According to Robertson, Kalbelia gypsies settled down in Rajasthan, north of India approximately forty years ago and had to adapt themselves to the new economic situation, so they had to replace some of their financial resources with “begging and other subsidiary occupations” (1998, p.2). According to Raphael Treza’s documentary with the title Cobra Gypsies, which explored the everyday life of some Kalbelia gypsies in the Desert of Tarth in 2015, some Kalbelias became dancers and musicians while other communities developed to pursue hunting, gatherering and a few became nomadic agricultural workers or shepherds. Other Kalbelias did not stop hunting cobras and performing snake-charming despite the Wildlife Protection Act.
Even if nowadays they live in tent villages and have been obliged to change their occupations, the documentary shows us how deeply music, dance and even familiarity with serpents are rooted in their culture so I felt that taking their traditional dance and music into the show is a good decision to create a unique and authentic circus performance. I even had the honour of meeting Gulabo Sapera from whom I could ask for advice about a Kalbelia dancer who can perform in the show (Photo 1).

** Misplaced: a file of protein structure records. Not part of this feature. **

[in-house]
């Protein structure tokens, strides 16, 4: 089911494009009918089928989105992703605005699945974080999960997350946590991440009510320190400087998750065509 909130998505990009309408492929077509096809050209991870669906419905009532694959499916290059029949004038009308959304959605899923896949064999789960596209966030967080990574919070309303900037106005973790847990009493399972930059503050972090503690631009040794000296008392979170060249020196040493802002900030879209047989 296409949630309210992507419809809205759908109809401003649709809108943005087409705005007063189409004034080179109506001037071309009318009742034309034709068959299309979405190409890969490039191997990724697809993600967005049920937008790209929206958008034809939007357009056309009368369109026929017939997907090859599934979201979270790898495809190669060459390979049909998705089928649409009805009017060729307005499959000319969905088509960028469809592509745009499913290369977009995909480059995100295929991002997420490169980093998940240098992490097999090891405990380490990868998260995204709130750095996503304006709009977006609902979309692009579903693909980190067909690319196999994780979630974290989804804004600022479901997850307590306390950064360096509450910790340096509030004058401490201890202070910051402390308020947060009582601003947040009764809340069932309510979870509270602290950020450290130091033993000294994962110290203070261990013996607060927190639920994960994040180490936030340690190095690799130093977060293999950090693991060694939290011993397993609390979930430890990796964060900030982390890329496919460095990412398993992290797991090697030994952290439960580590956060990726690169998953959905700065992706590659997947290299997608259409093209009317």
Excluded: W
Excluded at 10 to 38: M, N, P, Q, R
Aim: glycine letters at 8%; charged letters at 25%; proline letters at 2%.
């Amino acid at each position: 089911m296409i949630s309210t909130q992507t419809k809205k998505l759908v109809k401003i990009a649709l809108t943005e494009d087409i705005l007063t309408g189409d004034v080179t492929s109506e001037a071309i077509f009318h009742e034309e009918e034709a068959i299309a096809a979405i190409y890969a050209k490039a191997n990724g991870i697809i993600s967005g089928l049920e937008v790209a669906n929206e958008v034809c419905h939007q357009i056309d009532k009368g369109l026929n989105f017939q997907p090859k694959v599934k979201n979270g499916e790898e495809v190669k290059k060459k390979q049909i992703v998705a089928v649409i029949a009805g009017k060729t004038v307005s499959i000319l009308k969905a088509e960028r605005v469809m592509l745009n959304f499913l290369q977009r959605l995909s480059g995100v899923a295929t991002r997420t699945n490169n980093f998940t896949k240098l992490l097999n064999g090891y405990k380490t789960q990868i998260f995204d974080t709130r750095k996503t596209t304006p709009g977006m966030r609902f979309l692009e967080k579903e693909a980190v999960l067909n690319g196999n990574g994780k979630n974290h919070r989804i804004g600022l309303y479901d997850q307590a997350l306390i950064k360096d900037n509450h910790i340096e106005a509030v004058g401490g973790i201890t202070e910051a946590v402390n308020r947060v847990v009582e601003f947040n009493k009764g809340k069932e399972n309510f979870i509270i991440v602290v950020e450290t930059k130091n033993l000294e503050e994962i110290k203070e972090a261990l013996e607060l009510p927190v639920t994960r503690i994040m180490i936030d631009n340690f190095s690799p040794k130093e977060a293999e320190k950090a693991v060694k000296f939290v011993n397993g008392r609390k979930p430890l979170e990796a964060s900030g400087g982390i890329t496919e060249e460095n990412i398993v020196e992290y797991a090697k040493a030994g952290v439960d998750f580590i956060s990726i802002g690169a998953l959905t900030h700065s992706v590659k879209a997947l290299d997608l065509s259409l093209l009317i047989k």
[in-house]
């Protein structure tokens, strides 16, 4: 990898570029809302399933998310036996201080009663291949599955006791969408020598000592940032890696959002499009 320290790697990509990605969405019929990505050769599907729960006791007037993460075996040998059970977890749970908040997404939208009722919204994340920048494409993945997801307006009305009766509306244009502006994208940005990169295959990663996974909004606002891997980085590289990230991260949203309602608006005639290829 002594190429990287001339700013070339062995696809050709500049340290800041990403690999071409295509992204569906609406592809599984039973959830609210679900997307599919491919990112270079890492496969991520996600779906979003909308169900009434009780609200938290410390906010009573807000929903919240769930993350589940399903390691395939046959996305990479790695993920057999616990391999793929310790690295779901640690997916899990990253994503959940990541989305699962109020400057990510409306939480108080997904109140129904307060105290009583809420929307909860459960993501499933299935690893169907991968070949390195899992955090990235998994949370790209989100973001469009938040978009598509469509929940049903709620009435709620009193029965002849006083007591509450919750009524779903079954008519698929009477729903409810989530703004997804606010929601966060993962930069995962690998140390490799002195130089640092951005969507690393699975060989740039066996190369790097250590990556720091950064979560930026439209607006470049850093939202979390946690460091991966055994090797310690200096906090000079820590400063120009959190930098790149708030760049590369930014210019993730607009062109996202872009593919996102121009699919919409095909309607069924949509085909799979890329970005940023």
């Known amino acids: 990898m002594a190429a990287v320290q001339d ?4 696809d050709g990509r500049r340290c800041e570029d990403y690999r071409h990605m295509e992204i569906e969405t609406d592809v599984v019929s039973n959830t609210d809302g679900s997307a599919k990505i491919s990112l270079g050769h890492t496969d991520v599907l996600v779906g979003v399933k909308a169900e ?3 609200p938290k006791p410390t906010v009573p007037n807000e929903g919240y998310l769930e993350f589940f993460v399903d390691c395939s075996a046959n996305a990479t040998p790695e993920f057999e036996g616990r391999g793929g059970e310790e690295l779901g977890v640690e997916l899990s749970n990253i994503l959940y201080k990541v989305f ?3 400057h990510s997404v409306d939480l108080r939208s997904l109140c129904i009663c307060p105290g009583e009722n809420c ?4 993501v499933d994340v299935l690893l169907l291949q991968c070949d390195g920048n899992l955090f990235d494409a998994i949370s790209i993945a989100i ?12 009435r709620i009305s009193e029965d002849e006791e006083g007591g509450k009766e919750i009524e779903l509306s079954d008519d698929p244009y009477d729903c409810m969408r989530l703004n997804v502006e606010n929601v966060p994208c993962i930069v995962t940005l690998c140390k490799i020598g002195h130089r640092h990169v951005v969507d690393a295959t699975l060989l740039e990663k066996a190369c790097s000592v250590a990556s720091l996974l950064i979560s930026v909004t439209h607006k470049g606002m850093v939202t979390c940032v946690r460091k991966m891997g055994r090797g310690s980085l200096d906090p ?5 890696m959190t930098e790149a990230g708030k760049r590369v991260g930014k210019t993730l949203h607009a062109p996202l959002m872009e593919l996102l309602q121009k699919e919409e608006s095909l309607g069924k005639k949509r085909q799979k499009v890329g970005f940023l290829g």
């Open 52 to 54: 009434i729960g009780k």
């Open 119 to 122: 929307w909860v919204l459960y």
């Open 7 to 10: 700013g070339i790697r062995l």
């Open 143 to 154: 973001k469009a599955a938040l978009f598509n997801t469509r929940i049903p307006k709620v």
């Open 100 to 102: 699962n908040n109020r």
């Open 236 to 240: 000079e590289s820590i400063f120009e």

Photo 1: When I met Gulabo Sapera and her daughter
Circus Raj :
Circus Raj was a unique circus company comprised of Indian acrobats, jugglers, funambulists and folk dancers accompanied by the Rajasthan Heritage Brass Band playing gypsy folk music. This project as well as the Grand Indian Circus was produced and promoted by All Access Areas in collaboration with Rhythm and Ragas in 2014. They toured in Europe from 2015 until 2017 with a show different from what we planned to produce for the Grand Indian Circus brand.